This is Louise!
This week’s Louise is Kristen Scott Thomas’s wonderful Fleabag cameo <3

Episode Fifteen

15.1 Intentions for my 36th year on earth

15.2 From Becoming More Fully Human, an interview with Virginia Satir on Thinking Allowed with Dr. Jeffery Mishlove, 1998

Episode Fourteen — Listen

14.1 I think I’m learning to relax?

Episode Thirteen — Listen

13.1 Today I allowed myself to express my tenderness to others and you know what? it made everything better, more manageable, and more full of love

Episode Twelve — Listen

12.1 Thank you thank you thank you thank you thank you

12.2 A Rilke poem to hold in your heart

12.3 William Butler Yeats said

Episode Eleven — Listen

11.1 You should know first that I feel better now
11.2 I don’t care if you’re just buttering my bread, I’ll take it because it feels great to take it

Episode Ten — Listen

10.1 Excerpt from Psychiatry and the Sacred by Jacob Needleman

Episode Nine — Listen

9.1 I have felt repellent this week, I think I was truly repelling people, except not today, so maybe it’s lifting
9.2 Laughter is a lubricant

Episode Eight — Listen

8.1 Rewatching The Door in the Floor (grief/eroticism/Kim Basinger/New England/salt)
8.2 He teared up and then I teared up

Episode Seven — Listen

7.1 A good list from Core Competencies of Relational Psychoanalysis (Roy E. Barsness, editor)
7.2 Erving Polster videos tonight!
7.3 What ifs
7.4 Regarding change

Episode Six — Listen

6.1 This week has been a test
6.2 An honest question

Episode Five — Listen

5.1 Unscheduled time
5.2 Cradled by the day
5.3 I made an orange bundt cake today (she bakes now)
5.4 An excerpt from Trauma and Memory by Peter Levine
5.5 Another excerpt from Trauma and Memory by Peter Levine

Episode Four — Listen

4.1 Is this good?
4.2 “Severe” look
4.3 The 4th floor
4.4 Rhan can’t stop thinking about Blade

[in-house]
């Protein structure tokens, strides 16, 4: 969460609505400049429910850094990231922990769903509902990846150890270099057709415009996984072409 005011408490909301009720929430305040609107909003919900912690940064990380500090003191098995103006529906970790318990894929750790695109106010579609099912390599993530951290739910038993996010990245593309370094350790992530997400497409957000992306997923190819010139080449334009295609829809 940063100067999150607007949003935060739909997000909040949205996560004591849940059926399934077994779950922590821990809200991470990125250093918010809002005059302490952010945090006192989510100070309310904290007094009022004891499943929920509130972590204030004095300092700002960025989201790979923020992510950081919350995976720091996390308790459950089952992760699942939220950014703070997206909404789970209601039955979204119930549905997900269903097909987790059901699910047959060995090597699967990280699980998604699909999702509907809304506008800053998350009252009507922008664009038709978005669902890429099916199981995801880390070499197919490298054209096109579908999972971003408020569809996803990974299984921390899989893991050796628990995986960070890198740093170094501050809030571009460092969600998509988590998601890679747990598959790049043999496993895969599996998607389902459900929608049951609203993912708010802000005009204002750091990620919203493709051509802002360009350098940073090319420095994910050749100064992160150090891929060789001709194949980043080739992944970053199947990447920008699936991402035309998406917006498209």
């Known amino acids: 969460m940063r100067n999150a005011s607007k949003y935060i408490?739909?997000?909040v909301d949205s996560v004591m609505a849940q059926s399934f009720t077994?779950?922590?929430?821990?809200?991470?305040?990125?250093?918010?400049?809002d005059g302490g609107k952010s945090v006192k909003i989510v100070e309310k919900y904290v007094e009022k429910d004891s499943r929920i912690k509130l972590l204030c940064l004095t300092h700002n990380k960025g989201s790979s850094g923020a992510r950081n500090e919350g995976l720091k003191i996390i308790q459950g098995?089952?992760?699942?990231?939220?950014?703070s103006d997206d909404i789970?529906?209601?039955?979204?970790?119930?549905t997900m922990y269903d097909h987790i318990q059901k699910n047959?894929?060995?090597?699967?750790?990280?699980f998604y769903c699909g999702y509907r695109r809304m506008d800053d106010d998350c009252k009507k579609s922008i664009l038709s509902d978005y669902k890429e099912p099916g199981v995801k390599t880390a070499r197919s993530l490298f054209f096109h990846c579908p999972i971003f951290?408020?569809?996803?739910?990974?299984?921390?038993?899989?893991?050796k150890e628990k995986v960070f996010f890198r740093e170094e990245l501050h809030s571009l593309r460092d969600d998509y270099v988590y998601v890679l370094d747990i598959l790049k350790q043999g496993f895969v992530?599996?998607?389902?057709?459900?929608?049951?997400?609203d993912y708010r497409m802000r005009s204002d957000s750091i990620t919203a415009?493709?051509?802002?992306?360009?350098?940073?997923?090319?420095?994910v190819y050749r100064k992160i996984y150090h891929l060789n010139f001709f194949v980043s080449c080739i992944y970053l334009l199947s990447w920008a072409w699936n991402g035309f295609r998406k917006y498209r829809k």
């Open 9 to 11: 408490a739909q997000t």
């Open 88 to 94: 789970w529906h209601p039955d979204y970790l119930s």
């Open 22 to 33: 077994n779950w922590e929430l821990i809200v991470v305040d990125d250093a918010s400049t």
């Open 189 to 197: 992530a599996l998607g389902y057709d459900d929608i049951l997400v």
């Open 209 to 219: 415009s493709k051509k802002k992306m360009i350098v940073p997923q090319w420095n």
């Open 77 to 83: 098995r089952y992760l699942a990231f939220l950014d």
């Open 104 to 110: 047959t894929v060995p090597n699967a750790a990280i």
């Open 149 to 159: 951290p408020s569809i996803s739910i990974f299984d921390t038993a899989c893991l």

4.5 I think I might be a Buddhist now?


5.5 Another excerpt from Trauma and Memory by Peter Levine

Let us first consider an example of a procedural memory as an acquired motor skill. Learning to ride a bicycle may seem like a formidable, if not terrifying, task, yet with the gentle support of a parent or older sibling, we master the quixotic forces of gravity, velocity, and momentum. We do this procedurally, without any explicit knowledge of the physics or math involved. We learn to master these forces largely by trial and error; the requisite learning curve is, of necessity, quite steep. The adage that one never forgets how to ride a bike rings true for most procedural memories, for better or for worse. So if during one of our early bicycling efforts we have the misfortune of hitting loose gravel and taking a nasty spill, the acquisition of adaptive and requisite balanced movements and body postures can be interfered with. Then when we finally do ride, it may be with a hesitancy leading to instability, or, alternatively, with daredevil abandon and “counter phobia.” What should have evolved into a nuanced learned motor skill is overridden and becomes instead a habitual, survival-based reactive pattern of bracing and contracting, or of overcompensating with counter-phobic risk taking; both are less-than-optimal outcomes and unfortunate examples of the durability of a procedural memory. Indeed, persistent maladaptive procedural and emotional memories form the core mechanism that underlies all traumas, as well as many problematic social and relationship issues. (p. 38)